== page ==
On Sept. 24, 1996, after intense international negotiations, a verifiable global ban on nuclear test explosions — the Comprehensive Nuclear Test Ban Treaty (CTBT) — was presented for countries to sign. Because the CTBT clearly benefits U.S. national security by constraining other countries’ nuclear weapons capabilities, the United States played a galvanizing role in test ban negotiations, and was the first in line to sign the treaty. It seemed the over 50 years of nuclear weapons testing that harmed the environment, public health and fueled a dangerous arms race was coming to an end.
For the CTBT to go into effect, however, it must be ratified by the United States and eight other holdout countries. Fifteen years after leading the way for the treaty, the United States has yet to ratify the CTBT. This failure means that we are not reaping the full security advantage of the treaty that the United States worked to achieve. It is time to move from the role of treaty holdout and reassert U.S. leadership to bring the CTBT into effect.
In 1999, the U.S. Senate missed a step on the path to securing this vital test ban when it failed to approve the treaty after a rushed and partisan debate. By now, we’ve seen enough of those. Since 1999, the case for the CTBT has grown stronger. Now it is time for this Senate to take a sober and nonpartisan look at the merits and need for the treaty. As former Secretary of State George Shultz said, “[My] fellow U.S. Republicans may have been right to vote down the nuclear test-ban treaty a decade ago, but they’d be wrong to scuttle it again.”
For two decades, the United States has certified its stockpile without explosive nuclear tests. The knowledge of more than 1,000 U.S. nuclear tests conducted prior to 1992 combined with today’s stellar science-based surveillance methods, leads nuclear weapons scientists to testify that they have more confidence in U.S. nuclear weapons than when they were routinely blowing up tests in Nevada. Without question, the United States has the most sophisticated nuclear arsenal in the world. Put simply, we don’t need to test nuclear weapons – we need to prevent other countries from testing.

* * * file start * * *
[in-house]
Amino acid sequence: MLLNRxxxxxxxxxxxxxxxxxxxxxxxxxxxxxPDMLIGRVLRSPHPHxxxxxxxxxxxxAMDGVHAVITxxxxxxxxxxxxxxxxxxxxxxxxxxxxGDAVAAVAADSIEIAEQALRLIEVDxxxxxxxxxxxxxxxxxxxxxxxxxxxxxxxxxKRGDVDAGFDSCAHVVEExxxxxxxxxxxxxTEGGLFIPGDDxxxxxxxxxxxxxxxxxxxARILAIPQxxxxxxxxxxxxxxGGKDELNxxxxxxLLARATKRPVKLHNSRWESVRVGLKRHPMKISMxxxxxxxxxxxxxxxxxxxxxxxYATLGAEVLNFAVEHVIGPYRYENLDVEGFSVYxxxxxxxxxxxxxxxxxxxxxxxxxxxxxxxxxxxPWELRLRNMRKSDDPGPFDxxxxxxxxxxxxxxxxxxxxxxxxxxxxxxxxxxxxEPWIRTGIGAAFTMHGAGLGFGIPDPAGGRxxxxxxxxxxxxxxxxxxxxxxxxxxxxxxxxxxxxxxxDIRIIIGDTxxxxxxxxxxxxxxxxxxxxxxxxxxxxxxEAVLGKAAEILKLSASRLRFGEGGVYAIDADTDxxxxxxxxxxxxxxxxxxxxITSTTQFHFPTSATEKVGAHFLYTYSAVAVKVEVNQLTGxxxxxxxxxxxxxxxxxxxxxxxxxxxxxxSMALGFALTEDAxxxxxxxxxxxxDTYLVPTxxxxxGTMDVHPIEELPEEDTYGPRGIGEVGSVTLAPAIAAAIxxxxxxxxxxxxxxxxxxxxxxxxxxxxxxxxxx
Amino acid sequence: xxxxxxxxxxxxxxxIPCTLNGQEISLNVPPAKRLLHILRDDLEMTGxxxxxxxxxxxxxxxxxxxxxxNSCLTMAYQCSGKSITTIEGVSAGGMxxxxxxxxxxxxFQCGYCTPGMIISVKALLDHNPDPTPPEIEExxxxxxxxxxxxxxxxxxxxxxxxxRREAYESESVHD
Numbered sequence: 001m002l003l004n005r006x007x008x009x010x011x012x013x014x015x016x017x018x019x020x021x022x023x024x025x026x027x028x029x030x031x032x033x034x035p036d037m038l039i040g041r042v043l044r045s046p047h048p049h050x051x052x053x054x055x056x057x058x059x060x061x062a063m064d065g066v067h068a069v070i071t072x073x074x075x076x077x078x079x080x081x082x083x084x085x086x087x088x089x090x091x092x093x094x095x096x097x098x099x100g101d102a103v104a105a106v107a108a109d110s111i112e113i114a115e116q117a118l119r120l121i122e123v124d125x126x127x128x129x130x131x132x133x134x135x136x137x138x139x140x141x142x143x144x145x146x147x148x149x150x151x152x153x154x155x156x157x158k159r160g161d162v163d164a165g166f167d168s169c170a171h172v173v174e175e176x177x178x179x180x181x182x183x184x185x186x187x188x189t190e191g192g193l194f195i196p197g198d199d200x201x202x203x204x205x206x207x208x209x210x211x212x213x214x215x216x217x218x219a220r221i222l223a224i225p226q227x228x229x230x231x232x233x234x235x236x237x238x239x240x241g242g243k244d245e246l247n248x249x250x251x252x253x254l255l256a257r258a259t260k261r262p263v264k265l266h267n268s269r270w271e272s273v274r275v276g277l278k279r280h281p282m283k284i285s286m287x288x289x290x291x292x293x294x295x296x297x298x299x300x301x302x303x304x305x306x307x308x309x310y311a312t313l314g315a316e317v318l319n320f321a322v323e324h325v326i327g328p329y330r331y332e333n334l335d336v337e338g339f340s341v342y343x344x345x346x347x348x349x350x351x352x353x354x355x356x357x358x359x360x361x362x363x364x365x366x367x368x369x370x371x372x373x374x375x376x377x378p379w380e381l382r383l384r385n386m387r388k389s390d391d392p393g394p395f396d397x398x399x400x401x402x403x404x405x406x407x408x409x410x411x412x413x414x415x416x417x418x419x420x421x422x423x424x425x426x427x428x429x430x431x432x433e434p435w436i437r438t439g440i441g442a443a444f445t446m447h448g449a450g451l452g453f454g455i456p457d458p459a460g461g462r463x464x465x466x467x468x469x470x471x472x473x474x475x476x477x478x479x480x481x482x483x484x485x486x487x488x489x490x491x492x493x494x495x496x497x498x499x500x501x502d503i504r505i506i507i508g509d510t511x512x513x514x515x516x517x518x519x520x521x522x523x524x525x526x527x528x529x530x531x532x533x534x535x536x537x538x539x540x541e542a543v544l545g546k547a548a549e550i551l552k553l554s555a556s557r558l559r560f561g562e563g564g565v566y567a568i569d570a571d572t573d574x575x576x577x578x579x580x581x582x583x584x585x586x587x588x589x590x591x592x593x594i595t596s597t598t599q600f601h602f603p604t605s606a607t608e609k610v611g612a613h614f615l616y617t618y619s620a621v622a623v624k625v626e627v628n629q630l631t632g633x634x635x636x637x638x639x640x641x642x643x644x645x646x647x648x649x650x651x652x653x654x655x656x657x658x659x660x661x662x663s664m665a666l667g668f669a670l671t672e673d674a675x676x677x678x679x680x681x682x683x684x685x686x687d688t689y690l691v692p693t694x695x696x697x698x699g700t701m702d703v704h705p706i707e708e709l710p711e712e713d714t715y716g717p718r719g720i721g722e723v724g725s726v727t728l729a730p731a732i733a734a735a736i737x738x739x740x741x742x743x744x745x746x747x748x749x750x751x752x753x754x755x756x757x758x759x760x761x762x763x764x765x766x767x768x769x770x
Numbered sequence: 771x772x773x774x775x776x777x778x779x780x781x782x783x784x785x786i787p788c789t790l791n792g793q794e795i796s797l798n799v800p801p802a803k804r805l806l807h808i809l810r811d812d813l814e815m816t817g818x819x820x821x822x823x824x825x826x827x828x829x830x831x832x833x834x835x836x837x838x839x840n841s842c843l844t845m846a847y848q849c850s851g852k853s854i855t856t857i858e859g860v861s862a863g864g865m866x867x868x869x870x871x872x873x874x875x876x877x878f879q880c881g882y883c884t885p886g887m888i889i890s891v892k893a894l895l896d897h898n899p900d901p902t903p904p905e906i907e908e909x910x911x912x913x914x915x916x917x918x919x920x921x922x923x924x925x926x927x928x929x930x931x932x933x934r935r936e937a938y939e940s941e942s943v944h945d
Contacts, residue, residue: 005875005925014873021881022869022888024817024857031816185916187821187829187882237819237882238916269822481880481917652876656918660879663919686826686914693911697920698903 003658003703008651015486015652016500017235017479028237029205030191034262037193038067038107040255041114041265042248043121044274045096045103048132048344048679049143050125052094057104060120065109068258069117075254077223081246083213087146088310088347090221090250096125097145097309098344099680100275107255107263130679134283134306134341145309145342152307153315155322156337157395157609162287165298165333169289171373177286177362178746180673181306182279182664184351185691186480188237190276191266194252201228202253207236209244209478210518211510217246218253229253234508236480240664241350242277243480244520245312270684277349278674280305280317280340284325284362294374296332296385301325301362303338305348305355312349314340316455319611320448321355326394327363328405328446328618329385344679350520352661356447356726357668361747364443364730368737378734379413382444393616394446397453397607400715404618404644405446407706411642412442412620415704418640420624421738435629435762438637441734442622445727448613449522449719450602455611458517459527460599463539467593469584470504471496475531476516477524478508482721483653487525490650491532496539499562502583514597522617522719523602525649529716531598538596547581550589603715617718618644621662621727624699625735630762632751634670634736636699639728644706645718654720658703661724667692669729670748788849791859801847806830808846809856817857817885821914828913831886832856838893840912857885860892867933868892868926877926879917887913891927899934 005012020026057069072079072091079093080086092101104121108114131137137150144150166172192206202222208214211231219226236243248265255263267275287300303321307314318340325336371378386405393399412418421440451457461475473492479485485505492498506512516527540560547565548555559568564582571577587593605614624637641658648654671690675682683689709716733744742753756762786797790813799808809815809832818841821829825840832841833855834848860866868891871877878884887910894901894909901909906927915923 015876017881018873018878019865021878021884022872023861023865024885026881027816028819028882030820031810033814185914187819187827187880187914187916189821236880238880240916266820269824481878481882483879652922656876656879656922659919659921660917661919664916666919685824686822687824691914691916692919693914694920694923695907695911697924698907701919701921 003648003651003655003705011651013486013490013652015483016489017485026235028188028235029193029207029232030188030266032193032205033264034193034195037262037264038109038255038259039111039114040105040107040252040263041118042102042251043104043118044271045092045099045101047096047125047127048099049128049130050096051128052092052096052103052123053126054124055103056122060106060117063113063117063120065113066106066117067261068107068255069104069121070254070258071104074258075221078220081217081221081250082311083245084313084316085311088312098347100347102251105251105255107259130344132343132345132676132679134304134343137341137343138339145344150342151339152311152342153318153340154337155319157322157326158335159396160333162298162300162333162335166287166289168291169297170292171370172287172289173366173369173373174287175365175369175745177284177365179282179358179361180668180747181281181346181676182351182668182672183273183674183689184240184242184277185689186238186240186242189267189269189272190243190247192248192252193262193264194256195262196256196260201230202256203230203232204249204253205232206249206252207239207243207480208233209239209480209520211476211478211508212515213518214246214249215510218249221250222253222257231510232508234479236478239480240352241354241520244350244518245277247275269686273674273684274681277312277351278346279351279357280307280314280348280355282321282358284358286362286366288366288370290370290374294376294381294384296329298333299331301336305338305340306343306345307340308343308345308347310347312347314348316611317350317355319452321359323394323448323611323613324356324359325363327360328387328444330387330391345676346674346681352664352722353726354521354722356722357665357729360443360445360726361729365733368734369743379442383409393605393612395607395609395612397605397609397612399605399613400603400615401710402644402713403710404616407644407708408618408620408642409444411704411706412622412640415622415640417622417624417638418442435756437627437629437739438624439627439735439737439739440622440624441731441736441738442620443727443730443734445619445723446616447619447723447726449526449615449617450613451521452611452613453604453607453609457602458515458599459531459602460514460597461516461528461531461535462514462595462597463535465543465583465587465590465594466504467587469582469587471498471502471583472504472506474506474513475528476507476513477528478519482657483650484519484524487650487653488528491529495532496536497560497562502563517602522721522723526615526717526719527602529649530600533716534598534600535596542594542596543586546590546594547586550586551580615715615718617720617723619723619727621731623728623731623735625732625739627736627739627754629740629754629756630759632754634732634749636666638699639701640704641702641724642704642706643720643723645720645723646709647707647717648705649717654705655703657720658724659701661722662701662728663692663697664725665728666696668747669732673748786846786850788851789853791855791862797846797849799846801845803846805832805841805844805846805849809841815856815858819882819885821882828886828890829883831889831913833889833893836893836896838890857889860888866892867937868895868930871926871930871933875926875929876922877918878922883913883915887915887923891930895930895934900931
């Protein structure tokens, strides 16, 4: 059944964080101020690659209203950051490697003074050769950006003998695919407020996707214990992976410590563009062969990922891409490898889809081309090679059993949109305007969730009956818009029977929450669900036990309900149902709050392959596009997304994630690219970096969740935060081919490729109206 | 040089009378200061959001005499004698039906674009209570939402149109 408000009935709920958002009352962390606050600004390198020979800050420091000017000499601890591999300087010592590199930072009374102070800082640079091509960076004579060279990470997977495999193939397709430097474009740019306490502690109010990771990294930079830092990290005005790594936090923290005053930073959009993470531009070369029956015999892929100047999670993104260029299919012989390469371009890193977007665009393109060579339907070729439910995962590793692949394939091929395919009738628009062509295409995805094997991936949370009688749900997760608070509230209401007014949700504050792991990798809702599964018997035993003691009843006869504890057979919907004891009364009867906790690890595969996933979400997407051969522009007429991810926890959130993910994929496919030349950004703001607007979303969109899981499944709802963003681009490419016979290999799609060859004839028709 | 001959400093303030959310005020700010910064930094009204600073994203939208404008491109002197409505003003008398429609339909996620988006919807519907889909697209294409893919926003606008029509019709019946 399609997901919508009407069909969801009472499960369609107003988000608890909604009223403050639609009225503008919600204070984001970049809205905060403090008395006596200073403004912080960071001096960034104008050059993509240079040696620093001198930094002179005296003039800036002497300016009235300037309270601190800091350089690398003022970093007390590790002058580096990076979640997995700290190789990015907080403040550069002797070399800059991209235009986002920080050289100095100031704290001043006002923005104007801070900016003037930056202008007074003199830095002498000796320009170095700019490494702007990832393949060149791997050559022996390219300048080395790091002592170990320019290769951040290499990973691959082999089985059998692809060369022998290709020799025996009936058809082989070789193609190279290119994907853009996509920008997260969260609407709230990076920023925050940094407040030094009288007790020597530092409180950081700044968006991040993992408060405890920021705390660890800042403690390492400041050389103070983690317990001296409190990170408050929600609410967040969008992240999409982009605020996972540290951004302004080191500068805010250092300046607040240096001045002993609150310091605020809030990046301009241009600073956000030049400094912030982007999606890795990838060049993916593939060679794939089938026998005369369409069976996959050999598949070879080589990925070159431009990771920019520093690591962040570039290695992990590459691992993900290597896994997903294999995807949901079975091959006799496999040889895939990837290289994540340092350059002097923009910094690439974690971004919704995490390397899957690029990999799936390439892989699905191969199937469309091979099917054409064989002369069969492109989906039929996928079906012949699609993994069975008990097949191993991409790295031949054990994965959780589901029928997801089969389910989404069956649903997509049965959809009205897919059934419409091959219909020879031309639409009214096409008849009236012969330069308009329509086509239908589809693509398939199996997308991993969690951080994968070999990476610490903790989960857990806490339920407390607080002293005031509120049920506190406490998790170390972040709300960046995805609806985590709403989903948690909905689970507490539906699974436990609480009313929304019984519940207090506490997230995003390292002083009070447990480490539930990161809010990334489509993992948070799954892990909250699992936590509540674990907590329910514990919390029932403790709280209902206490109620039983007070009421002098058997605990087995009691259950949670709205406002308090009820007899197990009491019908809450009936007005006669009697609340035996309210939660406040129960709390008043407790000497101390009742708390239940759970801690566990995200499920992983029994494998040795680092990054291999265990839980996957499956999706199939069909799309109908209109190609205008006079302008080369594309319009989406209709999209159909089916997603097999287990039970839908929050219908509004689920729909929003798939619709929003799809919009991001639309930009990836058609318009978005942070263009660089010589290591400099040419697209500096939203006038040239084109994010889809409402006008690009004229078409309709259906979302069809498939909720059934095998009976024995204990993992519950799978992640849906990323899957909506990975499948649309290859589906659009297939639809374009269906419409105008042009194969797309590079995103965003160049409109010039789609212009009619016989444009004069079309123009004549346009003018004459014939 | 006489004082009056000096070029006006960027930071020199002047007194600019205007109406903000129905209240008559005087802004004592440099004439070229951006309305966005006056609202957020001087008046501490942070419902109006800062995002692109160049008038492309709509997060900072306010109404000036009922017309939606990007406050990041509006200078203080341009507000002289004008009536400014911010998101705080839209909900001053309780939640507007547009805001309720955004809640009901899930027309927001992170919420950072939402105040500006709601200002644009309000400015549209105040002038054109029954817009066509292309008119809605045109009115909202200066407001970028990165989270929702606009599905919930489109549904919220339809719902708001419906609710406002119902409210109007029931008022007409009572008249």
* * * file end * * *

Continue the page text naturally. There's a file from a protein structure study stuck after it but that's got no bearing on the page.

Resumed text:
The CTBT’s thorough global monitoring system was just being developed when the Senate first considered ratification in 1999. Today this network is more than 80 percent complete. Many of its capabilities were recently demonstrated in detecting and monitoring the earthquake, aftershocks and radionuclide releases in Fukushima, Japan. The CTBT monitoring, paired with national technical measures, provides a thorough and effective detection system. Bringing the CTBT into effect is essential to making short-notice, on-site inspections possible. No would-be cheater could be confident that a test would go undetected.
The need remains urgent. While the CTBT won’t by itself stop the spread of nuclear threats, it is an essential tool. Banning all tests hinders established nuclear-weapon states like Russia, China and Pakistan from proof-testing new, more sophisticated warhead designs. And without nuclear test explosions, potential nuclear-armed states like Iran would have a far more difficult time developing deliverable nuclear warheads. The possible consequences in failing to do everything we can to detect, deter and confront nuclear testing and nuclear proliferators should unite us all: hawks, doves, Democrats and Republicans. The holdout stance on the CTBT is an ineffectual “lead from behind” position. It’s time for nonpartisan Senate leadership to finish the journey and lock in the security advantage of the CTBT.
Shaer is executive director and Robinson is the public policy director of Women’s Action for New Directions (WAND).